This week on Interchange, host Louis Malone speaks leads a discussion of Native American cultures with three professors from Indiana University, Dr. Jason Baird Jackson, Dr. Christina Snyder, and Dr. Brian Gilley. The group discusses the history of Thanksgiving, its ties with Native American cultures in the United States of America, and the state of Native North Americans in the American public consciousness.
Category Archives: InterchangeFeed Subscription
This week on Interchange, Host Trish Kerle’ speaks with Pat Kellar, producer of a documentary film about the life and music of native Bloomingtonian, Hoagy Carmichael, considered one of the 20th centuries greatest composers of American popular standards.
Kellar talks about the film, Carmichael’s formative years in Bloomington and Indiana University, his early musical influences, his transition from piano player to singer/songwriter, shift from hot jazz to popular music, and his friendships and collaborations with Duke Ellington, Louis Armstrong, George Gershwin, Johnny Mercer, and Frank Loesser, among others. Carmichael’s move to NYC in 1929 and, ultimately, to Hollywood to pursue songwriting for the movies, cemented him as not only a musical legend because of hit songs such as Stardust, Skylark, Heart and Soul and the Academy Award winning In the Cool, Cool Cool of the Evening, but because at the peak of his career in the 1940s Hoagy Carmichael had also made his mark as a movie actor, radio star, and published author.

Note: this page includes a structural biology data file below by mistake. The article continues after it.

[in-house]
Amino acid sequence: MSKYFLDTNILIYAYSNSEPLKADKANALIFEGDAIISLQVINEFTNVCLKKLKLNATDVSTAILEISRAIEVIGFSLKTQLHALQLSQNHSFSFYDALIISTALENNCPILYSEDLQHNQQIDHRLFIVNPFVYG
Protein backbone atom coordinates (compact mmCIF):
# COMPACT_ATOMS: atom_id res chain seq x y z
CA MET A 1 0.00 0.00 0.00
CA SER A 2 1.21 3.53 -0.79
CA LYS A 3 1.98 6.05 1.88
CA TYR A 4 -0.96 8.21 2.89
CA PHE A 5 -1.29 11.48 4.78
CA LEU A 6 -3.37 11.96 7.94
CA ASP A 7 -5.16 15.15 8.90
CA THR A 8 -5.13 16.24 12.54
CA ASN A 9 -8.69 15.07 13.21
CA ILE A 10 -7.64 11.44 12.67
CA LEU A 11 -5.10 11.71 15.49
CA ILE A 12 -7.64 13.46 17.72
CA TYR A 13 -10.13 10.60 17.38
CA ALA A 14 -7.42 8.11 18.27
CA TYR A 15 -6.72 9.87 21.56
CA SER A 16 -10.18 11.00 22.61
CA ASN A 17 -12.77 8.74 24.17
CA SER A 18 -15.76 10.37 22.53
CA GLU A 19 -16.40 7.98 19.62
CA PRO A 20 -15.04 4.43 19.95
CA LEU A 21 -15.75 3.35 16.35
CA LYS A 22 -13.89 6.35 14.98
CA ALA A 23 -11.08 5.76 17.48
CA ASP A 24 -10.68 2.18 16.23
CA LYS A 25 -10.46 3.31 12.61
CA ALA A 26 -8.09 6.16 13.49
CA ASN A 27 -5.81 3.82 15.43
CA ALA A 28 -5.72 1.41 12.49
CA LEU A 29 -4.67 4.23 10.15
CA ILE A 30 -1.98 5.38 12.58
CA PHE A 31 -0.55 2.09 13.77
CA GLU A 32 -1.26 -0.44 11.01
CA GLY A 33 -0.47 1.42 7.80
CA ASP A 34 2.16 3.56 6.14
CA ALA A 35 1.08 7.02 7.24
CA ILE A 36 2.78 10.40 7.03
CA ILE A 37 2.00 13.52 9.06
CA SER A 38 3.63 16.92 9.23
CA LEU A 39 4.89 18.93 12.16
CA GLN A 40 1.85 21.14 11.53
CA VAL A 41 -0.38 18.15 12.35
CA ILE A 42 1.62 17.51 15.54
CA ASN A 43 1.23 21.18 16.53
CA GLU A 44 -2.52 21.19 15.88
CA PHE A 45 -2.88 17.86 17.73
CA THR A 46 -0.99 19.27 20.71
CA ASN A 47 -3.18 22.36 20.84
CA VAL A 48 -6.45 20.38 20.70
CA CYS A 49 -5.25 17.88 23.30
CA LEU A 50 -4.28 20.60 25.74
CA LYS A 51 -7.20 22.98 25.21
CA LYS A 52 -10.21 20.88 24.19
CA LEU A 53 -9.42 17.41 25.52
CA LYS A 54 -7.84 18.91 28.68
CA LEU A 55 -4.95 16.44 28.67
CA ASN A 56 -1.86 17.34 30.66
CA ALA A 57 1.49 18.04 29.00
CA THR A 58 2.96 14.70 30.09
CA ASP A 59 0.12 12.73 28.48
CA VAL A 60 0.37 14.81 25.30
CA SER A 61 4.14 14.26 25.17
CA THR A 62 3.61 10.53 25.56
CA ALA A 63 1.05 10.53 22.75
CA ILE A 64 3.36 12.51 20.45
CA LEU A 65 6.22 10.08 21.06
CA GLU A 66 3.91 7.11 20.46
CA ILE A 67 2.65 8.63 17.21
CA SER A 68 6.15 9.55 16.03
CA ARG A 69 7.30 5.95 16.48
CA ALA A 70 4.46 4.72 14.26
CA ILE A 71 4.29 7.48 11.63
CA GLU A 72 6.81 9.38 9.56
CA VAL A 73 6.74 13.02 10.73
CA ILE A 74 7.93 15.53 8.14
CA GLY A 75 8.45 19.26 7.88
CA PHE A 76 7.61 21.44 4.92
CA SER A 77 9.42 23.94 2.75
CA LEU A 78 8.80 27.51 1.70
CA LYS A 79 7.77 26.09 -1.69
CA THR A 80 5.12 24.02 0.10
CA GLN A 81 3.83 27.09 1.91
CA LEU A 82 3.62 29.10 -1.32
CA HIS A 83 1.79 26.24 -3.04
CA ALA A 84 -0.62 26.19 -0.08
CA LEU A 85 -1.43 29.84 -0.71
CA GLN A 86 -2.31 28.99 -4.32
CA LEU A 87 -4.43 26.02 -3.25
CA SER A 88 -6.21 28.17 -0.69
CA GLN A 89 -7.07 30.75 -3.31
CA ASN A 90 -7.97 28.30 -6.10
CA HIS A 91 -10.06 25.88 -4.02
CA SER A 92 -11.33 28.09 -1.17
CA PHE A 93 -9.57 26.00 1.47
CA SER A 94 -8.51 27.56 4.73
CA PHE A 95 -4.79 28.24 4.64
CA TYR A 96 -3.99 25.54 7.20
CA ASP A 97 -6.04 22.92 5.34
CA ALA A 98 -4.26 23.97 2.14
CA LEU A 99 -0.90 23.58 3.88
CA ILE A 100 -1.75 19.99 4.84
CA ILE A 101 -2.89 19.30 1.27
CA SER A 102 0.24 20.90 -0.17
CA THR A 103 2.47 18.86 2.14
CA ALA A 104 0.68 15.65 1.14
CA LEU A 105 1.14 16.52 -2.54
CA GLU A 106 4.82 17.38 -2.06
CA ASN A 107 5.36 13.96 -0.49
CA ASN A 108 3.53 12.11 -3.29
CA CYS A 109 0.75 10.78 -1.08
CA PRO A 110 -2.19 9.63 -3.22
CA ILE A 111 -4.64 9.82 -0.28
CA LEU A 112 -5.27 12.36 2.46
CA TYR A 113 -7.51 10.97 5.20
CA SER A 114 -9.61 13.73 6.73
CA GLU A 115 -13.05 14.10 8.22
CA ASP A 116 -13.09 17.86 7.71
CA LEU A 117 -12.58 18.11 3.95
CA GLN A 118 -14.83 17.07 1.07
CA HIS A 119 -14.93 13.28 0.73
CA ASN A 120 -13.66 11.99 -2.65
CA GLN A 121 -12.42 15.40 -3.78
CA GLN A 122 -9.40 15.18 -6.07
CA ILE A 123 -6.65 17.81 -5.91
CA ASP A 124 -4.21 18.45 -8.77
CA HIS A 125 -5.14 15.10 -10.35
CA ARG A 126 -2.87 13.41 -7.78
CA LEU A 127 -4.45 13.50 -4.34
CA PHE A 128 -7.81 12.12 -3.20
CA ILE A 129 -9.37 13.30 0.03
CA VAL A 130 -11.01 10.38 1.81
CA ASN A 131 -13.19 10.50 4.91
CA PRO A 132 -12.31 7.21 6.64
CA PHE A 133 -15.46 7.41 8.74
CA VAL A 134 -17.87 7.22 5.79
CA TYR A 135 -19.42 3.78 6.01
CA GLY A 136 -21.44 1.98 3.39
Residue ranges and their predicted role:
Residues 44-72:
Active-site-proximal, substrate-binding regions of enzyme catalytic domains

Songs excerpted in the program in the order they are played:
“Georgia on My Mind” – Ray Charles
“Maple Leaf Rag” – Scott Joplin
“Riverboat Shuffle” – Bix Beiderbecke
“Washboard Blues” – Hoagy Carmichael
“Star Dust” – Hoagy Carmichael
“Star Dust” – Isham Jones and His Orchestra
“Rockin’ Chair” – Mildred Bailey
“Lazybones” – Hoagy Carmichael
“Snowball” – Hoagy Carmichael
“Snowball” – Louis Armstrong
“Rockin’ Chair” – Hoagy Carmichael
“Skylark” – Earl Hines featuring Billy Ekstine
“How Little We Know” – Anita Boyer and the Hoagy Carmichael Orchestra
“In the Cool Cool Cool of the Evening” – Hoagy Carmichael
“Can’t Get Indiana Off My Mind” – Kate Smith
Host Alycin Bektesh speaks with Jennifer Maher, Senior Lecturer in Gender Studies at Indiana University. The discussion covers feminism, female depictions in media, and pop culture’s reaction to female sexuality, using Jennifer Nelso’s Airbrushed Nation as a framework for understanding the falsities of women’s magazines and mass media.
This week on Interchange, host Doug Storm speaks with investigative blogger Doug Martin who posts articles regularly on the website Schools Matter (found at schoolsmatter.info). Martin is a native Hoosier who has been investigating Indiana’s “for profit” Education Politics for several years and will soon publish a book detailing these investigations called “Hoosier School Heist.”